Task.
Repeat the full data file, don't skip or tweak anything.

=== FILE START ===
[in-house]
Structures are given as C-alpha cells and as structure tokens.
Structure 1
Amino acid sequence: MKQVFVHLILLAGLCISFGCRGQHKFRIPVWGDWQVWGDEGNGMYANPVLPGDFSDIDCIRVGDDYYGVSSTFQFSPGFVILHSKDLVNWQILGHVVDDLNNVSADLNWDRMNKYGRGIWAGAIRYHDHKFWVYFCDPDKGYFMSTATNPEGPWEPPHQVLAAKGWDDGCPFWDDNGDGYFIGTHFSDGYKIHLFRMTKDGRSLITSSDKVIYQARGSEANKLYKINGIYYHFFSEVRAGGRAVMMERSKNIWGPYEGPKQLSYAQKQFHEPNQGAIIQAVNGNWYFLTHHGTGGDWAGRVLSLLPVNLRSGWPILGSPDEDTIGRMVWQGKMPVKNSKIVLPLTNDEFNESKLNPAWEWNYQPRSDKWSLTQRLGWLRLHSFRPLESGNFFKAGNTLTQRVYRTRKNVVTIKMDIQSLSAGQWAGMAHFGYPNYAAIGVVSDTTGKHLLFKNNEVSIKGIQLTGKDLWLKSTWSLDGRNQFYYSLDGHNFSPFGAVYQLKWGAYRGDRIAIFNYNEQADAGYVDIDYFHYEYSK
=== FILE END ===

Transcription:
[in-house]
Structures are given as C-alpha cells and as structure tokens.
Structure 1
Amino acid sequence: MKQVFVHLILLAGLCISFGCRGQHKFRIPVWGDWQVWGDEGNGMYANPVLPGDFSDIDCIRVGDDYYGVSSTFQFSPGFVILHSKDLVNWQILGHVVDDLNNVSADLNWDRMNKYGRGIWAGAIRYHDHKFWVYFCDPDKGYFMSTATNPEGPWEPPHQVLAAKGWDDGCPFWDDNGDGYFIGTHFSDGYKIHLFRMTKDGRSLITSSDKVIYQARGSEANKLYKINGIYYHFFSEVRAGGRAVMMERSKNIWGPYEGPKQLSYAQKQFHEPNQGAIIQAVNGNWYFLTHHGTGGDWAGRVLSLLPVNLRSGWPILGSPDEDTIGRMVWQGKMPVKNSKIVLPLTNDEFNESKLNPAWEWNYQPRSDKWSLTQRLGWLRLHSFRPLESGNFFKAGNTLTQRVYRTRKNVVTIKMDIQSLSAGQWAGMAHFGYPNYAAIGVVSDTTGKHLLFKNNEVSIKGIQLTGKDLWLKSTWSLDGRNQFYYSLDGHNFSPFGAVYQLKWGAYRGDRIAIFNYNEQADAGYVDIDYFHYEYSK